“As a colleague, Maureen is a major star within the world of counseling and prevention,” said Professor of Counseling, Developmental, and Educational Psychology David Blustein. “She is one of the top scholars who is examining the interface of career development and school engagement. There is a huge concern that students – particularly those who are from at-risk contexts – are not optimally engaged in school. Maureen has led original research and developed programs focused on how we can better engage students in school; how we can get them to buy in.”
Blustein, who began collaborating with Kenny in the late 1990s, cited as an example the Tools for Tomorrow program, which he and Kenny developed in collaboration with colleagues from BC and Boston Public School officials. The program not only created a model approach to increase school engagement for at-risk students, but also produced research that has been cited repeatedly by others in the field.
That kind of experience, rooted in both research and the real schools, has helped to inform Kenny’s leadership style, he said.
“It is incredibly important to have a person with that kind of experience in a leadership position because she brings a background in the disciplines of education and psychology, which are at the heart of the Lynch School. We’re lucky to have a cutting-edge scholar who is also a gifted and inspired leader.”
Even though she is charged with leading the school, Kenny continues to maintain a robust research and service portfolio. Her work has focused on fostering engagement in urban schools and identifying the barriers to academic success that students perceive. Recent work has examined the value of workplace supervisors as mentors to high school students in work-based learning placements.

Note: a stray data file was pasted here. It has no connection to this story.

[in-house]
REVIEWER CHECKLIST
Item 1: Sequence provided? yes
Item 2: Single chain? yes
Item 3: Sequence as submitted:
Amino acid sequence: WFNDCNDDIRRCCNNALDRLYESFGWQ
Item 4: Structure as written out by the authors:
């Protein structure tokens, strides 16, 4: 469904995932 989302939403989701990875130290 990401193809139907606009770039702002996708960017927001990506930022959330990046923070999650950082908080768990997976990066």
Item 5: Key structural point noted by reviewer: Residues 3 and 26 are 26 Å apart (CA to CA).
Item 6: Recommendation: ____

“I’m interested in how teachers, administrators and policy makers can foster academic motivation among urban high school youth,” said Kenny. “And how to address the barriers that impede school engagement.”
The APA honored Kenny in 2009 with a lifetime achievement award. Her latest research took her to Italy and produced a recent portrait of school engagement and career development among Italian teens. She also spent nearly two months at an orphanage in Tanzania that serves children who have lost their parents to AIDS. Accompanied by her husband and daughter on the service trip, Kenny worked with the children and also examined the curriculum and services offered by the remote educational outpost.
Kenny said she draws on the energy and talents of her colleagues on the faculty and the administrative team that supports the school’s many initiatives.
“The Lynch School benefits from a wealth of energy and vitality within our faculty and our staff,” said Kenny. “We direct that energy into our clear mission. When we hire faculty, it is with the intent that they are going to participate fully in that mission through teaching, research, and service.”